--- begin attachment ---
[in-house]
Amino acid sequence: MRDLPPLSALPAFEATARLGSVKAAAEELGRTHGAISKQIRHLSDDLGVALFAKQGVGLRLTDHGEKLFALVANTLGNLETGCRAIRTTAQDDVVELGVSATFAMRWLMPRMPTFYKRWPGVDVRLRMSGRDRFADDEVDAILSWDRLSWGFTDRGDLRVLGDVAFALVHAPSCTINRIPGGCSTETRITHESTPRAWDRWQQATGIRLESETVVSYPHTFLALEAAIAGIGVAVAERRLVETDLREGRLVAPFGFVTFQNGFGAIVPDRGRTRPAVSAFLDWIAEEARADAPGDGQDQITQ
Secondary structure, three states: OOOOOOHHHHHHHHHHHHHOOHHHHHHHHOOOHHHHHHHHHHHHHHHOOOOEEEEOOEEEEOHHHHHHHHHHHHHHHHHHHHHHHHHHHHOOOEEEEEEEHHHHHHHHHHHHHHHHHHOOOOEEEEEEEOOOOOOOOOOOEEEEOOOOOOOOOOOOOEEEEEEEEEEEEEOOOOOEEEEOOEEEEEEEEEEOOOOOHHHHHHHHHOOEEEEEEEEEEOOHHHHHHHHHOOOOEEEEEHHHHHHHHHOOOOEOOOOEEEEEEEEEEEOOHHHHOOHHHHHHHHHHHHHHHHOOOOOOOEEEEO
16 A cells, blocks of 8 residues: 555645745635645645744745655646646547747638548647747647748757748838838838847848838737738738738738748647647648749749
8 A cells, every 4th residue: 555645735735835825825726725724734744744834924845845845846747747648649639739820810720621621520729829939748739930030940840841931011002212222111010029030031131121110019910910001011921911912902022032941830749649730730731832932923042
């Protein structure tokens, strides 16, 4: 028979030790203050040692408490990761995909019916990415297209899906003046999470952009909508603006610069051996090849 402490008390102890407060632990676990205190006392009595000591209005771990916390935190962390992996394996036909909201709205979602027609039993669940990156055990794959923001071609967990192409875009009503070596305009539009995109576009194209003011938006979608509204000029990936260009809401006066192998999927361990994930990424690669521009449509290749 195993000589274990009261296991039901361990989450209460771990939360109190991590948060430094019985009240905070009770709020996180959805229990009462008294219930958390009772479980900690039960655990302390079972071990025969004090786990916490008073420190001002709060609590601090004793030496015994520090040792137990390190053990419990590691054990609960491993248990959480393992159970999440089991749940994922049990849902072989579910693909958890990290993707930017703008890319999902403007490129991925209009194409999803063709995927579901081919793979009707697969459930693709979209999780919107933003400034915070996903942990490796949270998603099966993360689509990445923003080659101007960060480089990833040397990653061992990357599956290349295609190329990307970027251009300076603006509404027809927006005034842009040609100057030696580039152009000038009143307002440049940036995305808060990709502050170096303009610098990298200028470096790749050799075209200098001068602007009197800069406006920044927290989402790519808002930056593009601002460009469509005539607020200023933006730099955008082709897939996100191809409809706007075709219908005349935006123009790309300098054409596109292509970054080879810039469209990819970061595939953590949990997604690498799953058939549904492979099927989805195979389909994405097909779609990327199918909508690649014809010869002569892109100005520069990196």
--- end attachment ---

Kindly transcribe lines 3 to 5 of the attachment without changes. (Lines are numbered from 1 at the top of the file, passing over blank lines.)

Secondary structure, three states: OOOOOOHHHHHHHHHHHHHOOHHHHHHHHOOOHHHHHHHHHHHHHHHOOOOEEEEOOEEEEOHHHHHHHHHHHHHHHHHHHHHHHHHHHHOOOEEEEEEEHHHHHHHHHHHHHHHHHHOOOOEEEEEEEOOOOOOOOOOOEEEEOOOOOOOOOOOOOEEEEEEEEEEEEEOOOOOEEEEOOEEEEEEEEEEOOOOOHHHHHHHHHOOEEEEEEEEEEOOHHHHHHHHHOOOOEEEEEHHHHHHHHHOOOOEOOOOEEEEEEEEEEEOOHHHHOOHHHHHHHHHHHHHHHHOOOOOOOEEEEO
16 A cells, blocks of 8 residues: 555645745635645645744745655646646547747638548647747647748757748838838838847848838737738738738738748647647648749749
8 A cells, every 4th residue: 555645735735835825825726725724734744744834924845845845846747747648649639739820810720621621520729829939748739930030940840841931011002212222111010029030031131121110019910910001011921911912902022032941830749649730730731832932923042